Let us return to the subway experiment.

There was no ethnic or demographic pattern to distinguish the people who stayed to watch Bell, or the ones who gave money, from that vast majority who hurried on past, unheeding. Whites, blacks and Asians, young and old, men and women, were represented in all three groups. But the behavior of one demographic remained absolutely consistent. Every single time a child walked past, he or she tried to stop and watch. And every single time, a parent scooted the kid away.

The most tenacious child, highlighted in the article for his unremitting wonderment, was a little boy named Evan, who was, coincidently, three years old.  A three year old, unburdened by the constraints and pressures that bear upon adults, is open to the wonder of the world around him.  This is what Resh Lakish is communicating about Abraham.  At three years of age, he had not become moribund in the pagan routine – he could look at “the sun, the moon and the stars” and ask, in wonder, “Can these move without a mover?”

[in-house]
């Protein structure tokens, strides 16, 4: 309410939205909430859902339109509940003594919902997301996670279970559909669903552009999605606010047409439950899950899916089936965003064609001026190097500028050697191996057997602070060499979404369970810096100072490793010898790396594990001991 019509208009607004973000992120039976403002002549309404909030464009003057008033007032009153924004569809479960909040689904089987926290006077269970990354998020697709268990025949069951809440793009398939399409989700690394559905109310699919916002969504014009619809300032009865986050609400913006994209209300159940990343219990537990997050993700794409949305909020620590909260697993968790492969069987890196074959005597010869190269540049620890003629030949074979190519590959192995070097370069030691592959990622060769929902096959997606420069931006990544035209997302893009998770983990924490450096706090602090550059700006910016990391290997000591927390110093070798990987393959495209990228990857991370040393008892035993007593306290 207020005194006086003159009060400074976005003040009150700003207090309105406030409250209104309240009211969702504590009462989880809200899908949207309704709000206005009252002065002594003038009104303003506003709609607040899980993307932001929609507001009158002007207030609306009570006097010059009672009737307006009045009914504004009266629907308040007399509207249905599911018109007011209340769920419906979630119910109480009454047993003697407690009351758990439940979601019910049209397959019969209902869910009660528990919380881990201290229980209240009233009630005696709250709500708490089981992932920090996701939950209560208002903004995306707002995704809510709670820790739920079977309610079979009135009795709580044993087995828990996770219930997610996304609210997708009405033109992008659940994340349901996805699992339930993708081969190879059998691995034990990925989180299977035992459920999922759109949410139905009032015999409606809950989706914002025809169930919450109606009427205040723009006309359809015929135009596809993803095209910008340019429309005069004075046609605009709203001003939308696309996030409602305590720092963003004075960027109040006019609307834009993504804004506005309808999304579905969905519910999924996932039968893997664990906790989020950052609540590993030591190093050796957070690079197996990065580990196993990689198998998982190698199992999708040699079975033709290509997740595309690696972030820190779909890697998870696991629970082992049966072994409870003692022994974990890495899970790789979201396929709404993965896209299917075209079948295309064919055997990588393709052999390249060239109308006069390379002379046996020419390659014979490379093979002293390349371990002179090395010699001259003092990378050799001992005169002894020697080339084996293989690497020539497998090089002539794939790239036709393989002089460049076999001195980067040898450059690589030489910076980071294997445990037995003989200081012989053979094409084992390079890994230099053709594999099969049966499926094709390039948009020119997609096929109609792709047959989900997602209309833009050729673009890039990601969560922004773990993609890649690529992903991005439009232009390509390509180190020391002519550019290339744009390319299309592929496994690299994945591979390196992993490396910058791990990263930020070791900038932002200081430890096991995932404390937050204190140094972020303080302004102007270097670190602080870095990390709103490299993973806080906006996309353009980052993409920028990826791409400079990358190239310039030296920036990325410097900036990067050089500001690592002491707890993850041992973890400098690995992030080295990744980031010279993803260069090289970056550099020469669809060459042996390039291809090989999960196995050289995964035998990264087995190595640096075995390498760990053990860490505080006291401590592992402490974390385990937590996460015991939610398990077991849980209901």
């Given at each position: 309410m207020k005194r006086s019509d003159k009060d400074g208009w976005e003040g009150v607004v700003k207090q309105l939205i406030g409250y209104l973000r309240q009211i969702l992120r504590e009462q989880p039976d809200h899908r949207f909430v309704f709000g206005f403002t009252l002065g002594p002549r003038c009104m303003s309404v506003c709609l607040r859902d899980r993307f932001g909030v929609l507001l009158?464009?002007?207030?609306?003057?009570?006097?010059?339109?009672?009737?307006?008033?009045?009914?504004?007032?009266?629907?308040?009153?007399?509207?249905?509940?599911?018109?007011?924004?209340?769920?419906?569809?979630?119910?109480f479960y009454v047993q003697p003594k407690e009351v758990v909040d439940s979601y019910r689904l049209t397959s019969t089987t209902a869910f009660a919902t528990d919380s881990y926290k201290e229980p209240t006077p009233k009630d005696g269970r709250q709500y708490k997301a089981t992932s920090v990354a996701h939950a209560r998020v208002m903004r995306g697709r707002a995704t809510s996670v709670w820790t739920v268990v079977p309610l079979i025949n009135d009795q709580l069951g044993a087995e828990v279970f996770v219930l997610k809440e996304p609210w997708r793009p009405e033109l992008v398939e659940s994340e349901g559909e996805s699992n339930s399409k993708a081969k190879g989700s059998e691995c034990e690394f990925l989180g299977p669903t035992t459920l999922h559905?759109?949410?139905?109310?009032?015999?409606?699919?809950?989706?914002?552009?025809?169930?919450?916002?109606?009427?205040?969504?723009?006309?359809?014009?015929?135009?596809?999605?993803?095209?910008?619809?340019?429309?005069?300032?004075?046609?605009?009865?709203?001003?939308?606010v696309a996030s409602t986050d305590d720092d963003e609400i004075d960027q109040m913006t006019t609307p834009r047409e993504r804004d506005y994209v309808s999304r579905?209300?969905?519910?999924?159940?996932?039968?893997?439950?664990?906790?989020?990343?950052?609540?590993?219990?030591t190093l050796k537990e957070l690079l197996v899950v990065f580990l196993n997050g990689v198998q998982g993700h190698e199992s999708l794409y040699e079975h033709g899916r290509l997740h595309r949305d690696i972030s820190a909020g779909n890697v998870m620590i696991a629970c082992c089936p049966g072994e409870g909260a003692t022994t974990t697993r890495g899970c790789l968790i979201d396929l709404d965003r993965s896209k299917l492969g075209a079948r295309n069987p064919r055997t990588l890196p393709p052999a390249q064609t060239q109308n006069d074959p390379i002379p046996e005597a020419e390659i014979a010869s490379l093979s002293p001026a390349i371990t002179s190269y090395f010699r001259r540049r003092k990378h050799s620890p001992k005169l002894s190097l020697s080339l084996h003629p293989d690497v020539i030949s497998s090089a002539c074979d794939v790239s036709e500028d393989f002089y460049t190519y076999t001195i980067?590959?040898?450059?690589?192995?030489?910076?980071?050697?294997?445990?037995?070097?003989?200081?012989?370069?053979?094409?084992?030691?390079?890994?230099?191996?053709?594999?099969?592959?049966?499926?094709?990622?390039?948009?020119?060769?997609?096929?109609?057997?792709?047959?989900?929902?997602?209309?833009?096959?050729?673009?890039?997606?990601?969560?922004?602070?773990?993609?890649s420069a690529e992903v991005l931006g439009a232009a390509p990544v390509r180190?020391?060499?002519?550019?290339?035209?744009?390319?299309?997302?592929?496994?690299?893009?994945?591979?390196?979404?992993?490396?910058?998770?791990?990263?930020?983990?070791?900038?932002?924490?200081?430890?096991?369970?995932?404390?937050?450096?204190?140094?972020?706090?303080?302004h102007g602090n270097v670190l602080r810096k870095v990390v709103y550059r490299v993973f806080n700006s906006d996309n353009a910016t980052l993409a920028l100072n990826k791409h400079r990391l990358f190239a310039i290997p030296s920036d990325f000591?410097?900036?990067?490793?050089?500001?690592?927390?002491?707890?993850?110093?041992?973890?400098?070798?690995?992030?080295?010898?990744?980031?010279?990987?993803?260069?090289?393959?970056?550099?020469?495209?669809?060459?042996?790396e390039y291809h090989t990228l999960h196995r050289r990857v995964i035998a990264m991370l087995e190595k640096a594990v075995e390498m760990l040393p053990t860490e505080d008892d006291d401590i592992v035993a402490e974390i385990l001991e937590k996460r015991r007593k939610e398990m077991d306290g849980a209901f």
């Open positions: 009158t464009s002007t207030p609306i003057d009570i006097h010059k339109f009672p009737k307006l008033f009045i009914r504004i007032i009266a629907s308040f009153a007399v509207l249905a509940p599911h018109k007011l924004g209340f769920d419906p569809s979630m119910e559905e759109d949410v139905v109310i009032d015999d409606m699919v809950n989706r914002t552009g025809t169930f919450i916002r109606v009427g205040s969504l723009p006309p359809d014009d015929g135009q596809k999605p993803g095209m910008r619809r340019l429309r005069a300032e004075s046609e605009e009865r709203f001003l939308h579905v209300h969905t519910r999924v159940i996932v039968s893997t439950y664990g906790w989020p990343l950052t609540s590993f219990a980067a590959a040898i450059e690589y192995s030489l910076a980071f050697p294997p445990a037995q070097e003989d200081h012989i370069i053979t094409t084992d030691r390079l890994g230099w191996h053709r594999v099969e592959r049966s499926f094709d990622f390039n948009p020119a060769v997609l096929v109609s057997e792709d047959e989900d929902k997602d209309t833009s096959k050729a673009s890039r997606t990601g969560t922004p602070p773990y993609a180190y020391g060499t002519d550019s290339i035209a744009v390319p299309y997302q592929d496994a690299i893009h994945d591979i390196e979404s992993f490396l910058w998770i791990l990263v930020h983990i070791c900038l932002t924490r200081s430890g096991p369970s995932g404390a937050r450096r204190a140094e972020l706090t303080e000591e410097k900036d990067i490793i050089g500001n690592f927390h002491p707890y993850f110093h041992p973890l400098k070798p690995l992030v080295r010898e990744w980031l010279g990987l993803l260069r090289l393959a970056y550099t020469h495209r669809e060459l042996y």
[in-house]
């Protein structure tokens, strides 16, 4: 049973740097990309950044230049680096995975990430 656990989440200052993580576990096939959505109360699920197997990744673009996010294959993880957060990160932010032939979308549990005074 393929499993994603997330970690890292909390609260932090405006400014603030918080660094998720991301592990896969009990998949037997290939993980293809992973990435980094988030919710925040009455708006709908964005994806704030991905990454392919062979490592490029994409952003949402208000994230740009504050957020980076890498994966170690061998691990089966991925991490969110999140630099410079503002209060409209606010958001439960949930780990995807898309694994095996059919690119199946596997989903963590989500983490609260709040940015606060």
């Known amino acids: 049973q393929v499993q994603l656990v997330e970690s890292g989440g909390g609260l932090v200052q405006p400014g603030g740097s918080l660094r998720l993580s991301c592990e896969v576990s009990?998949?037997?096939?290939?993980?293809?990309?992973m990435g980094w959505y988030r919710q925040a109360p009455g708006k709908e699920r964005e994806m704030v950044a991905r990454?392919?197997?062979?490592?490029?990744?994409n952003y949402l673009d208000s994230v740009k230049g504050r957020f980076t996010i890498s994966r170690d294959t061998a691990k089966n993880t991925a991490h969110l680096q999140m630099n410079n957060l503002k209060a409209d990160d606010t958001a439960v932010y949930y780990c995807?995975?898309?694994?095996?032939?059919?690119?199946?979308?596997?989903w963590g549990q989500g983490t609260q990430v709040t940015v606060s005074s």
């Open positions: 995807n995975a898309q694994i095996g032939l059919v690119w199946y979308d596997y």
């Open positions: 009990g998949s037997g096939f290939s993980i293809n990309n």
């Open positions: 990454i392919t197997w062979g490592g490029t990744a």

Appropriately, Aristotle writes that wonderment is at the root of philosophical investigation: “It is through wonder that men now begin and originally began to philosophize; wondering in the first place at obvious perplexities, and then by gradual progression raising questions about the greater matters too, e.g. about the changes of the moon and of the sun, about the stars and about the origin of the universe” (Metaphysics, 982b).[1]

Maimonides (Hilchot Avoda Zara 1:3) explains that Abraham began to think about this question “day and night; and it was wondrous (temi’ah).”  Abraham discovered God because he was able to tap into his wonderment; and this, I suggest, is an important element of the command to be tamim with God.  The word tamim, while clearly meaning “whole”, also shares root letters with “temihah”, “timahon”, “histomemut” – all of which translate to “wonder”, “amazement” – “wonderment.”

Children have an innocence, a temimut, that allows them to be moved to wonder.   We are reminded of the four sons: the wise, the wicked, the tam (innocent), the one who cannot ask.  The tam, unlike his younger brother, does ask; not in sophistication like the wise or the wicked, but in sheer wonderment.  Perhaps this is what God commanded Abraham when He asked him to enter into the covenant:  “You are now ninety-nine years old, nevertheless, maintain your wonderment, continue to see Me in everything as you did when you were three years old.”[2]

A hint to this can be seen in Rabbi Hirsch’s comments on the use of the name “El Shadai” in the command to Abraham.